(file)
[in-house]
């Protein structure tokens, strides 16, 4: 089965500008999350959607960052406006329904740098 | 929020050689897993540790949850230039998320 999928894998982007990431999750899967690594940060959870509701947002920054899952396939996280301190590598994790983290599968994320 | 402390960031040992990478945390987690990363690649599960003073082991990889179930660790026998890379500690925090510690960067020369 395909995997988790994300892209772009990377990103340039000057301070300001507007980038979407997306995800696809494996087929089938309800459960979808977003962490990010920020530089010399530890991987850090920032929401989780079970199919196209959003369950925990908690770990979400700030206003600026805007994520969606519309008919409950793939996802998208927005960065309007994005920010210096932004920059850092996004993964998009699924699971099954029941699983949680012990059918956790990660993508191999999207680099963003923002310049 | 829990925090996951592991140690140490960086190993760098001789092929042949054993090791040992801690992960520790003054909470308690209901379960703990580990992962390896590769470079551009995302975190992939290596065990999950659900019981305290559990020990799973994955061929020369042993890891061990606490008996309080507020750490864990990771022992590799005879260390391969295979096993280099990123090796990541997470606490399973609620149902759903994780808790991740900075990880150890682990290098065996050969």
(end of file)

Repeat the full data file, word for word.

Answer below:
[in-house]
């Protein structure tokens, strides 16, 4: 089965500008999350959607960052406006329904740098 | 929020050689897993540790949850230039998320 999928894998982007990431999750899967690594940060959870509701947002920054899952396939996280301190590598994790983290599968994320 | 402390960031040992990478945390987690990363690649599960003073082991990889179930660790026998890379500690925090510690960067020369 395909995997988790994300892209772009990377990103340039000057301070300001507007980038979407997306995800696809494996087929089938309800459960979808977003962490990010920020530089010399530890991987850090920032929401989780079970199919196209959003369950925990908690770990979400700030206003600026805007994520969606519309008919409950793939996802998208927005960065309007994005920010210096932004920059850092996004993964998009699924699971099954029941699983949680012990059918956790990660993508191999999207680099963003923002310049 | 829990925090996951592991140690140490960086190993760098001789092929042949054993090791040992801690992960520790003054909470308690209901379960703990580990992962390896590769470079551009995302975190992939290596065990999950659900019981305290559990020990799973994955061929020369042993890891061990606490008996309080507020750490864990990771022992590799005879260390391969295979096993280099990123090796990541997470606490399973609620149902759903994780808790991740900075990880150890682990290098065996050969």